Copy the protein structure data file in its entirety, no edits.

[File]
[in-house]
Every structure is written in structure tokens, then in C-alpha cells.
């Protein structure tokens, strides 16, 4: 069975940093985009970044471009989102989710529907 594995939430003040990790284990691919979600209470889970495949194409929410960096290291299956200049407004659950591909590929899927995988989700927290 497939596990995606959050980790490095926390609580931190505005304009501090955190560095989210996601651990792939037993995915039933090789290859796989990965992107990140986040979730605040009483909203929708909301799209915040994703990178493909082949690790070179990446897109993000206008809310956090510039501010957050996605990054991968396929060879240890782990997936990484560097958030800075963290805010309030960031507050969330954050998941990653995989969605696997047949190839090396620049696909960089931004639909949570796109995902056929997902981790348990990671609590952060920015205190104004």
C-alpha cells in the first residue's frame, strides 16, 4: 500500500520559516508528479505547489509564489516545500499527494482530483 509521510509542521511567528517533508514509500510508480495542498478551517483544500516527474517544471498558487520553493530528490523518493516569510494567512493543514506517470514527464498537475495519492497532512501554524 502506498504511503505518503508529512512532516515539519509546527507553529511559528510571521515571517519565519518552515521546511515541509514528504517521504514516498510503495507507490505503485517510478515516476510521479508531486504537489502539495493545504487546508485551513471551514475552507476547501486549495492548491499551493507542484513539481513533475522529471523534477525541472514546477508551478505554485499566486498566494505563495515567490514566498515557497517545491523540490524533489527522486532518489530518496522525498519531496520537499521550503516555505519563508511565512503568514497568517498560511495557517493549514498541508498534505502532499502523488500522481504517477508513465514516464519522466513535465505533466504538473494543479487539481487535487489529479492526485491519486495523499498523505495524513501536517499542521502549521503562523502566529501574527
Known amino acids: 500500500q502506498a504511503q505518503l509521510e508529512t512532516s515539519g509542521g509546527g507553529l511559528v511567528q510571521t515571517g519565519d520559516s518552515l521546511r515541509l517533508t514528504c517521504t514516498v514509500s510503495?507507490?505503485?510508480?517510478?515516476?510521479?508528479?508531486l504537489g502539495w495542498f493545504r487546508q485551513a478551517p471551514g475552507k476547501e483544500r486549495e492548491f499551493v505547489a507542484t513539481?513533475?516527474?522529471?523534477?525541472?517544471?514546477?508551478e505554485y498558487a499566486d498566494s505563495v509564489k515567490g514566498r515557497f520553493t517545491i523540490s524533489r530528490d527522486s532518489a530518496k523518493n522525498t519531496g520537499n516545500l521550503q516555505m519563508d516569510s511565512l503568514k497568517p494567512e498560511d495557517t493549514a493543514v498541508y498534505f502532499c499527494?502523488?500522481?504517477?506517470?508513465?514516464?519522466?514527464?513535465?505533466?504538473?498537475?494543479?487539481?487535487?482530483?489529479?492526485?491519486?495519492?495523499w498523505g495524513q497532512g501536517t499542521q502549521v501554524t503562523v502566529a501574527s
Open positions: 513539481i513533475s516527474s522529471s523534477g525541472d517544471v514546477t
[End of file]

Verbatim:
[in-house]
Every structure is written in structure tokens, then in C-alpha cells.
């Protein structure tokens, strides 16, 4: 069975940093985009970044471009989102989710529907 594995939430003040990790284990691919979600209470889970495949194409929410960096290291299956200049407004659950591909590929899927995988989700927290 497939596990995606959050980790490095926390609580931190505005304009501090955190560095989210996601651990792939037993995915039933090789290859796989990965992107990140986040979730605040009483909203929708909301799209915040994703990178493909082949690790070179990446897109993000206008809310956090510039501010957050996605990054991968396929060879240890782990997936990484560097958030800075963290805010309030960031507050969330954050998941990653995989969605696997047949190839090396620049696909960089931004639909949570796109995902056929997902981790348990990671609590952060920015205190104004």
C-alpha cells in the first residue's frame, strides 16, 4: 500500500520559516508528479505547489509564489516545500499527494482530483 509521510509542521511567528517533508514509500510508480495542498478551517483544500516527474517544471498558487520553493530528490523518493516569510494567512493543514506517470514527464498537475495519492497532512501554524 502506498504511503505518503508529512512532516515539519509546527507553529511559528510571521515571517519565519518552515521546511515541509514528504517521504514516498510503495507507490505503485517510478515516476510521479508531486504537489502539495493545504487546508485551513471551514475552507476547501486549495492548491499551493507542484513539481513533475522529471523534477525541472514546477508551478505554485499566486498566494505563495515567490514566498515557497517545491523540490524533489527522486532518489530518496522525498519531496520537499521550503516555505519563508511565512503568514497568517498560511495557517493549514498541508498534505502532499502523488500522481504517477508513465514516464519522466513535465505533466504538473494543479487539481487535487489529479492526485491519486495523499498523505495524513501536517499542521502549521503562523502566529501574527
Known amino acids: 500500500q502506498a504511503q505518503l509521510e508529512t512532516s515539519g509542521g509546527g507553529l511559528v511567528q510571521t515571517g519565519d520559516s518552515l521546511r515541509l517533508t514528504c517521504t514516498v514509500s510503495?507507490?505503485?510508480?517510478?515516476?510521479?508528479?508531486l504537489g502539495w495542498f493545504r487546508q485551513a478551517p471551514g475552507k476547501e483544500r486549495e492548491f499551493v505547489a507542484t513539481?513533475?516527474?522529471?523534477?525541472?517544471?514546477?508551478e505554485y498558487a499566486d498566494s505563495v509564489k515567490g514566498r515557497f520553493t517545491i523540490s524533489r530528490d527522486s532518489a530518496k523518493n522525498t519531496g520537499n516545500l521550503q516555505m519563508d516569510s511565512l503568514k497568517p494567512e498560511d495557517t493549514a493543514v498541508y498534505f502532499c499527494?502523488?500522481?504517477?506517470?508513465?514516464?519522466?514527464?513535465?505533466?504538473?498537475?494543479?487539481?487535487?482530483?489529479?492526485?491519486?495519492?495523499w498523505g495524513q497532512g501536517t499542521q502549521v501554524t503562523v502566529a501574527s
Open positions: 513539481i513533475s516527474s522529471s523534477g525541472d517544471v514546477t